Shorts Are Piling Into These Stocks. Should You Be Worried?
The best thing about the stock market is that you can make money in either direction. Historically, stock indexes tend to trend upward over the long term. But when you look at individual stocks, you'll find plenty that lose money over the long haul. According to hedge fund institution Blackstar Funds, between 1983 and 2006, even with dividends included, 64% of stocks underperformed the Russell 3000, a broad-scope-market index.
A large influx of short-sellers shouldn't be a condemning factor for any company, but it could be a red flag indicating something is off. Let's look at three companies that have seen a rapid increase in the number of shares sold short and see whether traders are blowing smoke or if their worry has some merit.
Short Increase Nov. 15 to Nov. 29
Short Shares as a % of Float
Can this company carry your portfolio?
Nothing says "inconsistency" in 2013 like network connectivity or infrastructure component suppliers. From quarter to quarter, companies like Juniper Networks and rival Cisco Systems have remained anomalies in which spending shoots through the roof one quarter only to unexpectedly crash the next.
Over the past two months investors have certainly had cause for piling into Juniper on the short side, as the company offered up fourth-quarter revenue guidance of $1.2 billion-$1.23 billion that was a bit lower at the midpoint than the $1.23 billion Wall Street was expecting. To compound Juniper's problems, much larger rival Cisco announced in November that difficult-to-predict carrier spending habits would make things challenging over the near term. Cisco has been countering these networking hiccups with layoffs and other operational-improvement initiatives meant to boost margins while its top-line growth trudges along.
But is this pessimism warranted? Probably not so much as you'd think.
Although Juniper's near-term outlook may have disappointed investors, 2014 should be a fantastic year for connectivity-component and networking-equipment suppliers as the multiyear infrastructure upgrade initiated by practically every telecom service carrier begins to trickle down to these companies. We see this ongoing upgrade cycle come around every few years, but somehow investors seem to forget about it.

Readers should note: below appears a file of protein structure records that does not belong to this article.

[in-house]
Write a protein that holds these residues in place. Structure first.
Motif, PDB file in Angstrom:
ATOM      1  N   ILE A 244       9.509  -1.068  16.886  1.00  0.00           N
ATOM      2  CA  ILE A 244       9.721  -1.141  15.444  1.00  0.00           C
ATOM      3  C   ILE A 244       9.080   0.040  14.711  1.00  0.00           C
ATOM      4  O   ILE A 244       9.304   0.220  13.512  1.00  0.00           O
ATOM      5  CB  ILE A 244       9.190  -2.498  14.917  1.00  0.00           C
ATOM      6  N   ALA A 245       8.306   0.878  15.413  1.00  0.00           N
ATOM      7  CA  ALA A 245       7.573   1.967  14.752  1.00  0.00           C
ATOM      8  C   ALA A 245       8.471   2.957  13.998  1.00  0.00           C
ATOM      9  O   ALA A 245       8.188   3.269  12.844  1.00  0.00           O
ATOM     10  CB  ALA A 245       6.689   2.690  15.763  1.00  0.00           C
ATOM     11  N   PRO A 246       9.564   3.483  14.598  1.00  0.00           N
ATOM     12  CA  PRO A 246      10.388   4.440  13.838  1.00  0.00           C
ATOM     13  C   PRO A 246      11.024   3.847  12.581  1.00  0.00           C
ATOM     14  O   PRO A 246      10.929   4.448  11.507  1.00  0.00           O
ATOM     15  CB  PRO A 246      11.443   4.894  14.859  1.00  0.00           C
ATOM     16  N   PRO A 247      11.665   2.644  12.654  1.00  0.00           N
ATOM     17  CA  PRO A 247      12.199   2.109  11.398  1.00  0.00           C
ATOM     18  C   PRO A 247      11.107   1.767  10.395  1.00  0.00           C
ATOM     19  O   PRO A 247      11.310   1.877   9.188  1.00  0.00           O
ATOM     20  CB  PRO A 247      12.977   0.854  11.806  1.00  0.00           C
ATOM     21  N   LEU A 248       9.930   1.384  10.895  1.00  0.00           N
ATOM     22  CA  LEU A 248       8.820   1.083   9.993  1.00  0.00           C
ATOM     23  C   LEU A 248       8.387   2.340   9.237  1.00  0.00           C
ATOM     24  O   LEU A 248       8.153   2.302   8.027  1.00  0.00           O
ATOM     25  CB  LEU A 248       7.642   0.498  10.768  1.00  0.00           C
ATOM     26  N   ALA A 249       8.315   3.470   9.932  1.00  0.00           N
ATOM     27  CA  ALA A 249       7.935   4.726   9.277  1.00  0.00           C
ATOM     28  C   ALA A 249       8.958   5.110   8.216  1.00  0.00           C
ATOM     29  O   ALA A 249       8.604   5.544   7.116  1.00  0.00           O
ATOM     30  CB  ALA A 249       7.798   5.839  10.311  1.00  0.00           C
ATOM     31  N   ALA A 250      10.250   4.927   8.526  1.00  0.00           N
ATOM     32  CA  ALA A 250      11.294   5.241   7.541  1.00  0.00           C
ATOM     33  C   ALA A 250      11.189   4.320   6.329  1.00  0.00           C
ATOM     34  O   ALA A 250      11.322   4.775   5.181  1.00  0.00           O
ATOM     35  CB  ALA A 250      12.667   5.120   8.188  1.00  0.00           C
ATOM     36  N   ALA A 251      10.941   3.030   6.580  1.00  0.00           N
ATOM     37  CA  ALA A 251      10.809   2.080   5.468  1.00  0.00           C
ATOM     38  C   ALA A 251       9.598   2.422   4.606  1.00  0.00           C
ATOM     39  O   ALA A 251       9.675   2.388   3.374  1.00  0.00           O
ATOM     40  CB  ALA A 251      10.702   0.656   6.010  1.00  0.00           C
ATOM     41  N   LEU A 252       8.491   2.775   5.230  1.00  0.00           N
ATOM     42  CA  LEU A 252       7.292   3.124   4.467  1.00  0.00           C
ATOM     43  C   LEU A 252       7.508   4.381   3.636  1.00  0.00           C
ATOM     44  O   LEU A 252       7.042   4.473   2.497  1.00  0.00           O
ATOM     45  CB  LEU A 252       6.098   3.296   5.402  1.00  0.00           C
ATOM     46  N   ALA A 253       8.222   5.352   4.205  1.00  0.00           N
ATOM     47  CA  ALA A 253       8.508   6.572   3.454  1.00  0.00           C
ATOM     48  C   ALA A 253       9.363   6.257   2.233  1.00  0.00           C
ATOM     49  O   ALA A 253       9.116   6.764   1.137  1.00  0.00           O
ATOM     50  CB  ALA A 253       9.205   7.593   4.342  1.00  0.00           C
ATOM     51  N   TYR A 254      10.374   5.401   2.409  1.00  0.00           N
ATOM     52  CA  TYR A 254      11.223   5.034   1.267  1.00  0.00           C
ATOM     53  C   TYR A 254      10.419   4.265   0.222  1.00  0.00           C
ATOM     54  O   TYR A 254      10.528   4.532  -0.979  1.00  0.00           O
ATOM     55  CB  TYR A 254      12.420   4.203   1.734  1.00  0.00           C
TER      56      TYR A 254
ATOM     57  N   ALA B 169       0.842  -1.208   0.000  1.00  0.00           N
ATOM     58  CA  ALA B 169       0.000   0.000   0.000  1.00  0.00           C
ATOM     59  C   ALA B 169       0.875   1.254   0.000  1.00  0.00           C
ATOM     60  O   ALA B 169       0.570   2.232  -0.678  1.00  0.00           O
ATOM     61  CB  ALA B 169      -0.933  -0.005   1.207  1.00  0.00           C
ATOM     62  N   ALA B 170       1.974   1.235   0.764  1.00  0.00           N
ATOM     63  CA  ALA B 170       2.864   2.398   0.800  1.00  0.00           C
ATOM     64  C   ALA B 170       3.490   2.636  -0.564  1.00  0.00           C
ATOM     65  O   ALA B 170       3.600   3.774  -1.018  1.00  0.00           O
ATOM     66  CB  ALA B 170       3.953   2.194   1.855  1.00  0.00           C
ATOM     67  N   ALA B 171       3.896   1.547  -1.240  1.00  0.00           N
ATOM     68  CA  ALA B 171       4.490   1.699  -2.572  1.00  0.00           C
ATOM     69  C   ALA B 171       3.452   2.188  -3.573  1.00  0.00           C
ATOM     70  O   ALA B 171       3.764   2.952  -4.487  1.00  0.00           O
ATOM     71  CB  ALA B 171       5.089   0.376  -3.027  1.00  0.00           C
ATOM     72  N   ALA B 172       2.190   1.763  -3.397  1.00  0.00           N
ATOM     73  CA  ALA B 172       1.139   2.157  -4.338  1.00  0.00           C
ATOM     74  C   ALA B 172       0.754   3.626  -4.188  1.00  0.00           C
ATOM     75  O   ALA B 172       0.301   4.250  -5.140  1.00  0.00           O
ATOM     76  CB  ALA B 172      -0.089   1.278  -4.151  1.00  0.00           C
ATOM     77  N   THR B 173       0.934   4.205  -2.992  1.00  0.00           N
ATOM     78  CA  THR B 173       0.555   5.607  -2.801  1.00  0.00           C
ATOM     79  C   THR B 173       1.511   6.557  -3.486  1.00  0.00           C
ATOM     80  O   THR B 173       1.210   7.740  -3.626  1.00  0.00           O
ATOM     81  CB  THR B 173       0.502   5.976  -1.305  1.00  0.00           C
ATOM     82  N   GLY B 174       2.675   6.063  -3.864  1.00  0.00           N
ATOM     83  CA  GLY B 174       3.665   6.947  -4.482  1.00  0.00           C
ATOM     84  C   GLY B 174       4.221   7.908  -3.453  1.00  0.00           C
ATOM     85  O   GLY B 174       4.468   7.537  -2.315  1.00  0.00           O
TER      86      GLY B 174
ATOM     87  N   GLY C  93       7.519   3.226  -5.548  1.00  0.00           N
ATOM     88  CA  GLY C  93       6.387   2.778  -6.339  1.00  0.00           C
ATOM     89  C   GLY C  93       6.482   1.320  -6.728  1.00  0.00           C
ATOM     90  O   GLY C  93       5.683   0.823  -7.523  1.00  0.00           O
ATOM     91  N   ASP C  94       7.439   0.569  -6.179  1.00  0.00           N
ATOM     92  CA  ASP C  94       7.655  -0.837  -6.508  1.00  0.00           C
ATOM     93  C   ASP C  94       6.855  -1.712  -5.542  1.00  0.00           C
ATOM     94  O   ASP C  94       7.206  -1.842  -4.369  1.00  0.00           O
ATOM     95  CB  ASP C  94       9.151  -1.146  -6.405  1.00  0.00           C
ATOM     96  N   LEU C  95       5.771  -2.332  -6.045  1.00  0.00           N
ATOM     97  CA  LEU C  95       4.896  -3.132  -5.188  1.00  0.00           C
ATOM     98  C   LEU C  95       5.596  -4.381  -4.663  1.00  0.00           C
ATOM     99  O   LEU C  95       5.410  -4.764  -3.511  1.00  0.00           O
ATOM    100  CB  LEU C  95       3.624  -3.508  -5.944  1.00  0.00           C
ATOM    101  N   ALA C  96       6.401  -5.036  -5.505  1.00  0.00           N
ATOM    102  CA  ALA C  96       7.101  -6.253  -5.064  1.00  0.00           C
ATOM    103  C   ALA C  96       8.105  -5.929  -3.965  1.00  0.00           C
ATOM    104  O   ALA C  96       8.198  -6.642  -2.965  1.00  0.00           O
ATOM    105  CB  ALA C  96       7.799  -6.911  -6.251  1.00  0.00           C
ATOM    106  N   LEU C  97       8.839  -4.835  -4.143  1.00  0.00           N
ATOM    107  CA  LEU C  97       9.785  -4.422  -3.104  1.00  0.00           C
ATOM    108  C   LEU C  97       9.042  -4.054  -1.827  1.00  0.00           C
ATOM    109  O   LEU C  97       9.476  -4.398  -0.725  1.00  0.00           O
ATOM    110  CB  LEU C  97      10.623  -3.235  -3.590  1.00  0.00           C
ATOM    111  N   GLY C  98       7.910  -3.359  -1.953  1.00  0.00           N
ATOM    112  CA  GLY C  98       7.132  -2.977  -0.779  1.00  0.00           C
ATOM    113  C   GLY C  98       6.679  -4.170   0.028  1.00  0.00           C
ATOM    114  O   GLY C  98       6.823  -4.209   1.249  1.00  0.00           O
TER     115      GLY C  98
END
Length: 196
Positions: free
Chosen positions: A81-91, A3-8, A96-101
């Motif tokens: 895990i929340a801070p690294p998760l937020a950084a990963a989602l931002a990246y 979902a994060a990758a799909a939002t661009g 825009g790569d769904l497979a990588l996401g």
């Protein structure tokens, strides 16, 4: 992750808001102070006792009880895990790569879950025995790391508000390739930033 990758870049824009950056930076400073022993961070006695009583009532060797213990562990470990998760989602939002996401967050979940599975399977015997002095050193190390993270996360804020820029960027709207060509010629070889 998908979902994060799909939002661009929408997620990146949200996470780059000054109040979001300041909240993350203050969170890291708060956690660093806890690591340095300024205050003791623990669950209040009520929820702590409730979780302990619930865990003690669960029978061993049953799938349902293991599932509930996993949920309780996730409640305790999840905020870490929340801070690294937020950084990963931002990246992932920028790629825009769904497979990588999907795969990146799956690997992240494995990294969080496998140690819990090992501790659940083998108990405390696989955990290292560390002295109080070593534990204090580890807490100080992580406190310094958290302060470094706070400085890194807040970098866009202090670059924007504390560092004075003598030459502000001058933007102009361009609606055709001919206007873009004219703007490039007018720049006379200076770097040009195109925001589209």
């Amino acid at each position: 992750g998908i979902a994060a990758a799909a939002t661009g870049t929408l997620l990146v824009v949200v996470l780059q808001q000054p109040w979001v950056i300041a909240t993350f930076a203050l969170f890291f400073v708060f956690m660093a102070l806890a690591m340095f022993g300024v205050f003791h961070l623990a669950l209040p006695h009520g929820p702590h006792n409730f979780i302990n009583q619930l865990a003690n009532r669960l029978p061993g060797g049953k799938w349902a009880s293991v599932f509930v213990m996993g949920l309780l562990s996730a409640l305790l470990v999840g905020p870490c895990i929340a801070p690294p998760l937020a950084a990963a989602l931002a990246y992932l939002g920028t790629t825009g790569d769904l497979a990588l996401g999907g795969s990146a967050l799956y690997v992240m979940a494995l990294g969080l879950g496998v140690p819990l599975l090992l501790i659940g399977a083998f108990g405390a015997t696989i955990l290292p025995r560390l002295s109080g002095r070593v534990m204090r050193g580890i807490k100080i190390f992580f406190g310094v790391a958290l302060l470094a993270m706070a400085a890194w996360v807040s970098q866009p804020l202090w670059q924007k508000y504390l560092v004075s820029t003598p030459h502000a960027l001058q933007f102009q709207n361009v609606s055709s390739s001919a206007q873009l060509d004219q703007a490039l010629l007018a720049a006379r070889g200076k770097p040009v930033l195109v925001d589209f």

Ultimately, Juniper isn't exactly "cheap" at 16 times forward earnings with a growth rate of just 6%, but I believe its cost-cutting opportunities offer significant potential to beat earnings estimates throughout 2014.
A social butterfly blooms
Since debuting less than two months ago, shares of social-media network Twitter have exploded higher from an IPO price of $26 to more than $60 per share. Investors have had no qualms in sending shares higher, as they fully expect the surge in customer growth to attract advertisers who will pay through the nose to reach Twitter's diverse customer base.
I have some skepticism about Twitter and would tend to side with short-sellers in the interim. I wouldn't argue against the notion that Twitter's growing user base will drive top-line growth, but two factors keep me firmly on the outside looking in.
First, customer growth is already slowing at the social-media giant. According to its S-1 prospectus prior to going public, Twitter's user growth slowed from a 44% year-over-year increase in the second quarter to just 39% in the third quarter. Slowing user growth isn't necessarily bad news, but it makes maintaining a nearly $33 billion market cap difficult.